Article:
Monday, April 23, 2007


Look up and see the sky
And know that God is everywhere
Watching out for your prosperity.
Little birds are fed,
And, your soul, too. Prosper.
Be blessed knowing God is God.
Peace will find you.
Look up and see the sky.

Copyright ©2007 J S Shipman

Friday, April 20, 2007

Poetry on Science Education and Earth Sustainability

Calling on You
Caribbean Cool Jean
Mental Seeding

Support Victims of ID Theft

Financed with Prosper, people-to-people lending

High School Aces

Students, Parents, Guardians...The school year is 3/4 of the way gone. It is time to buckle-down, if you haven't already, and study. A good resource:

Earth Days (Beyond April 22,2007)

Resource: Website resource: Vascular Plant Image Gallery

Source: -

The source gives many text resources. The web site connects to images. The mind connects to fields of flowers and to global sustainability.

Wednesday, April 18, 2007

Parents helping teens

Standardized testing is a bit like playing a video game. You want to gather as much treasure as you can... To that end, parents can encourage teens and teens can self-motivate and study 15 to 20 minutes a day (or more) of science. What to study. Use your state's learning standards as a guide. But, also consider current events. What was that Nobel prize about? Oh, a winner was in our state...better know that one.

Work on math and vocabulary, too. Believe it or not you need English Language Arts and Math skills in science!!!

A good web
includes, for example:
High School Biology
# AP Biology Essay Questions - UGA
# AP Biology Topics by J. de Nuno
# Biology Corner by S. Muskopf
# High School Biology Review - NY Regents
# The Skinny: Biology Review by J. DiBar
# The Why Files: Biology, Health
(c)2007 J. S. Shipman

Tearing Down The Fungal Cell Wall

This is an interesting read if you like fungi, want to save food crops, have allergies or just like cells:


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Sunday, April 8, 2007

The Easter Botanist...Well, she's famous for her bunnies

Beatrix Potter was a great scientist, botanist, mycologist, author and creator of Flopsy, Mopsy...and of course, Peter Cottontail.

At the website,, you can read more about beloved Beatrix Potter and the science she so enjoyed.

All sources in this note were accessed today. (c)2007 J. S. Shipman

DNA: discovery depended heavily on the work of a woman

Rosalind Franklin (DNA structure photo "borrowed" by Watson and Crick? "[Their] discovery depended heavily on the work of a woman, chemist Rosalind Franklin, whose research was used without her knowledge or permission. Watson's memoir of the discovery dismisses Franklin as frumpy, hostile and unimaginative. A later work by a friend casts Franklin as a feminist icon, cheated of recognition." source:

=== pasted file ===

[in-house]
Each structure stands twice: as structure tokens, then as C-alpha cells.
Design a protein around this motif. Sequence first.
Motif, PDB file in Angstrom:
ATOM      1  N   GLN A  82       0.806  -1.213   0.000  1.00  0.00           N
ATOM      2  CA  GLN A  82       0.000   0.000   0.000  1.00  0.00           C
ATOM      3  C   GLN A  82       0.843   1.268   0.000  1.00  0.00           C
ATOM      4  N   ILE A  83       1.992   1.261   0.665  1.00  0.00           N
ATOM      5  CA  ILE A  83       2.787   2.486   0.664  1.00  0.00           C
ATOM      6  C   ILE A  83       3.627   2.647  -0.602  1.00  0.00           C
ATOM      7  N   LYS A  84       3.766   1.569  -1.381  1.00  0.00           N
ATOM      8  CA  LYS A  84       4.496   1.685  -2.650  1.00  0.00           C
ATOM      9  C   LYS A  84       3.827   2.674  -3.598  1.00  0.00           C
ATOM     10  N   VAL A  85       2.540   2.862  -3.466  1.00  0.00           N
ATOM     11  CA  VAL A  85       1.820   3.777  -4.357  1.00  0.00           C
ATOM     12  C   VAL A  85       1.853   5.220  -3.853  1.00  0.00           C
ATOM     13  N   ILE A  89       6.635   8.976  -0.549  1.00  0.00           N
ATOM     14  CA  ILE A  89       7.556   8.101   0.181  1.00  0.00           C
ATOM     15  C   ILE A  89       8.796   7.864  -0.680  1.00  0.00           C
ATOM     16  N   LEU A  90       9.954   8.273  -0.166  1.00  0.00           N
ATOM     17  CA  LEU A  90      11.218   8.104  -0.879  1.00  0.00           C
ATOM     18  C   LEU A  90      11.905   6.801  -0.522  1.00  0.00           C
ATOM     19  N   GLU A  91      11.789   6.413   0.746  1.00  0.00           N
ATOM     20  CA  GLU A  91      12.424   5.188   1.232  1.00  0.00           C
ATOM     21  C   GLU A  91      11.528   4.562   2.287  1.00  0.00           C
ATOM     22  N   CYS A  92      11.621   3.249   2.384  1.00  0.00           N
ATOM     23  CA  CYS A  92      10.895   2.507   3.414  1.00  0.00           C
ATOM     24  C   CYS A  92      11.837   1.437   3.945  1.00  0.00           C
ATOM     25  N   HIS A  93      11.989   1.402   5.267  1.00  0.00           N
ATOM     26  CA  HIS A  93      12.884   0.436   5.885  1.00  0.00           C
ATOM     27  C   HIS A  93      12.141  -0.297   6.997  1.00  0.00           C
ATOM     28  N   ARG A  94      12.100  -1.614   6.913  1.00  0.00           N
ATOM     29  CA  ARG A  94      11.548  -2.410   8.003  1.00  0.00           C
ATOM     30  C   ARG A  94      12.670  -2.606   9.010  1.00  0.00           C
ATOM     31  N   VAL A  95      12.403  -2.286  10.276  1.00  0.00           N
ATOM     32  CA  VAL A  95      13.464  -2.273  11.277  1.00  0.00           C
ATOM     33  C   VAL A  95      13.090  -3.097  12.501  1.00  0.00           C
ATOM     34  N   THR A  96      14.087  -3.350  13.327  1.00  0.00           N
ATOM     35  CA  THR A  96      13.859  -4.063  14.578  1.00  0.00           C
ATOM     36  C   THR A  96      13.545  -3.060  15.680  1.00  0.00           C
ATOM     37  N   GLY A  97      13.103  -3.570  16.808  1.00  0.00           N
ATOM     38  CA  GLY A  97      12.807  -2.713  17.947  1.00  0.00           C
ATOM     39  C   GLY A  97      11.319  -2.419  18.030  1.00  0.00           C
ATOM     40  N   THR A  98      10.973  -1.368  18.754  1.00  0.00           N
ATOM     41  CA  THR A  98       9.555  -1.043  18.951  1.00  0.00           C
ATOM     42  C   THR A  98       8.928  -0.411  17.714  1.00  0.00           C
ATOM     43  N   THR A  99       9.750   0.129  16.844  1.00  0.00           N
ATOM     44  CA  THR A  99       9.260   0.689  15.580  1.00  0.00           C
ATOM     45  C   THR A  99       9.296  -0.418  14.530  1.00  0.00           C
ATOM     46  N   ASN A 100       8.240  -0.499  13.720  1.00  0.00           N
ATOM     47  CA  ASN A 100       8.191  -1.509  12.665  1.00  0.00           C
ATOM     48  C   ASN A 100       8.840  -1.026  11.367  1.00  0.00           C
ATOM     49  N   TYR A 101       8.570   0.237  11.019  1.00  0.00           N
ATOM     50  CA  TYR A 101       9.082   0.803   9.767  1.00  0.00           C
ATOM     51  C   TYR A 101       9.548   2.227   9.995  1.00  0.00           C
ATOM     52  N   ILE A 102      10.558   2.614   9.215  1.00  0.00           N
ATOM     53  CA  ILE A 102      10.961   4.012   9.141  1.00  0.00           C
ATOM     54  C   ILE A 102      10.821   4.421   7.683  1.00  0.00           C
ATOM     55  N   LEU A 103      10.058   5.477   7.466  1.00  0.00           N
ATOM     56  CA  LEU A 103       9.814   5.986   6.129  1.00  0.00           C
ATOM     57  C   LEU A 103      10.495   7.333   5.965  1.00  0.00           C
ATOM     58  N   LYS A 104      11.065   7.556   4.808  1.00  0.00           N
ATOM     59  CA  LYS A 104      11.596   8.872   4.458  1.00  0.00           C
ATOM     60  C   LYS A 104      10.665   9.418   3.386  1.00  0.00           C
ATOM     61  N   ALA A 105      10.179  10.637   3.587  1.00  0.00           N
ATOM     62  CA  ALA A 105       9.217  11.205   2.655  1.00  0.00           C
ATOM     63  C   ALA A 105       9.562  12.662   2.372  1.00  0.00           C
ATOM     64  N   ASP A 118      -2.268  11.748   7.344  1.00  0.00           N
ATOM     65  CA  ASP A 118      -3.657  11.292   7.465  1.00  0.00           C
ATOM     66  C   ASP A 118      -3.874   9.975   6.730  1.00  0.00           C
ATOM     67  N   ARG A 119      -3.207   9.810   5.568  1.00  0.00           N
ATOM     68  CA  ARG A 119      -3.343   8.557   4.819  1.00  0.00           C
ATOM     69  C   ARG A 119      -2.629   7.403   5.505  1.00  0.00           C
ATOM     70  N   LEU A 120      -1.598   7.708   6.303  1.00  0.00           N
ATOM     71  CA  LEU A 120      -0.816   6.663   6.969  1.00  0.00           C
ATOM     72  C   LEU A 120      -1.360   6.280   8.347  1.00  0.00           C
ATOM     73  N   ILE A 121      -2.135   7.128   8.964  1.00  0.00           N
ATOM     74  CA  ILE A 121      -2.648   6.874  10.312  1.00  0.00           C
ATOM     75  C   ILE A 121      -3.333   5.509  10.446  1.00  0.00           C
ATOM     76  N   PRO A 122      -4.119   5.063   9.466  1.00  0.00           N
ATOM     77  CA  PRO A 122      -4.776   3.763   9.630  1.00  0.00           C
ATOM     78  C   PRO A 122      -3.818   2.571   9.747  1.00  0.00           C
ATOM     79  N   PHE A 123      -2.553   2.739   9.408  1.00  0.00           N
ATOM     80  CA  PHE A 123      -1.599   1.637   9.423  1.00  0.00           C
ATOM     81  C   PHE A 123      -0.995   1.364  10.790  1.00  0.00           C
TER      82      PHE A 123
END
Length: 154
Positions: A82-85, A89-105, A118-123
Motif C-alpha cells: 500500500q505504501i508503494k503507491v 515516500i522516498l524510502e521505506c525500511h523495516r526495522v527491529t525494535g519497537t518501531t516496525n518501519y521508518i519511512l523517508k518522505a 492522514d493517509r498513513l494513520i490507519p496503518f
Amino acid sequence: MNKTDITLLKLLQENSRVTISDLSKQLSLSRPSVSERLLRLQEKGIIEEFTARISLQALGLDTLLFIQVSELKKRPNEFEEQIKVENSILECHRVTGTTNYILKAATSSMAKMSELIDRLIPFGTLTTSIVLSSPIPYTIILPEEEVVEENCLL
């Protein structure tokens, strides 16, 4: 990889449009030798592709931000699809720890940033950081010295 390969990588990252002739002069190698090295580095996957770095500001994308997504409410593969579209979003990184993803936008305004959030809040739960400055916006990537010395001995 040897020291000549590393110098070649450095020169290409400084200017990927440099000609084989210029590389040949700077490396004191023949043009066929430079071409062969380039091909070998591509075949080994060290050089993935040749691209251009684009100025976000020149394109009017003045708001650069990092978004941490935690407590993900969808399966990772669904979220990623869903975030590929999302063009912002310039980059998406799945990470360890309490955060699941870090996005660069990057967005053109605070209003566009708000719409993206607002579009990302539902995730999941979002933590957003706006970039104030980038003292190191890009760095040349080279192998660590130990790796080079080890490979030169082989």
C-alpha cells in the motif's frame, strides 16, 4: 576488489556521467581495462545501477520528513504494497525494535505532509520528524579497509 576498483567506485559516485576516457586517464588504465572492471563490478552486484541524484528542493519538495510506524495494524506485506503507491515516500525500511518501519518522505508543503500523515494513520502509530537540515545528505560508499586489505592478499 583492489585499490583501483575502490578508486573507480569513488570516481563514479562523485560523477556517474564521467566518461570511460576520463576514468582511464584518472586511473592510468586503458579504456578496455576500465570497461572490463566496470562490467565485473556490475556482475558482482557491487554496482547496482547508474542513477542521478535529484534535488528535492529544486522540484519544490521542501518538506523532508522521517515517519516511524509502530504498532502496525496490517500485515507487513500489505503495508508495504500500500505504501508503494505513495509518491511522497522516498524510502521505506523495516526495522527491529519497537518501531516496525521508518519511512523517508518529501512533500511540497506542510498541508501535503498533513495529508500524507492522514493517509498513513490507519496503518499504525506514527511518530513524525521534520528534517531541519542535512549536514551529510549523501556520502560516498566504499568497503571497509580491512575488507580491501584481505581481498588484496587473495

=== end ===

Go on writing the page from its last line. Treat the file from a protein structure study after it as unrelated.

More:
Edith Fredericks Jones often stated that women could accomplish great things (personal communication, various times~1977-1982). Indeed, Rosalind Franklin accomplished great things. Today women still are acomplishing great things and being under-recognized. Even pay is not acknowledging women's, "work," equally with the pay of men doing similar work.

Women are often cast in negative terms, as Rosalind was, even while doing breakthrough work. Reflect on situations around you. Are women appropriately recognized?

Jumping Genes for Barbara, ahead of her time!!!

Barbara McClintock (Now famous for "jumping genes" (transposons). People plowed over her research fields to make a parking lot...("When the field behind the Library, which had been Barbara McClintock’s cornfield, was cleared to make the parking lot, I found quite a few points but they were not indigenous to that area. I asked Barbara McClintock about the field and she told me that the soil came from another location." (Source: Barbara received the Nobel Prize in Physiology or Medicine which was awarded to her in 1983 for the discovery of genetic transposition)

Standing on the Shoulders of Giants

Rachel Carson There's a link between Rachel and Beatrix:
"Another of Rachel's earliest childhood memories was her love of books and reading. "I read a great deal almost from infancy," she recalled, "and I suppose I must have realized someone wrote the books, and thought it would be fun to make up stories too." At about age eight, she began a story in a controlled cursive entitled "The Little Brown House." The opening page is decorated with birdhouses in all four corners, similar in style to the illustrations accompanying the stories in St. Nicholas Magazine. Her story describes two wrens searching for an appropriate house and happily finding a "dear little brown house with a green roof." "Now that is just what we need," Mr. Wren exclaims happily to Jenny, his mate. In a longer version of the same story written a bit later, Rachel described the wren's nesting habits in her little green house, adding wonderful details.

"In fourth grade, Rachel wrote a story called "A Sleeping Rabbit." Her cover illustration shows a plump white rabbit sitting with eyes closed in a chair beside a small round table on which are placed a candle and a book entitled Peter Rabbit. These stories and drawings reflect not only Rachel's keen observation of bird and animal life but the kind of children's literature she was reading and being read. The stories she loved anthropomorphized animals so that they shared the same needs as humans for comfortable houses, domestic companionship, and good books.

"Rachel's favorites were the animal stories by Beatrix Potter with their wonderfully detailed drawings, which she painstakingly imitated. Like countless other children, she was captivated with the adventures of Toad and Mole and their friends in Wind in the Willows. Rachel imitated it in one of her most delightful college themes and returned to the animal adventure again and again as an adult.
" Source:

Rachel had to support herself as a clerk for years before her science work was recognized. Have you read, "Silent Spring," yet?

An amateur? Is that any way to talk about a scientist?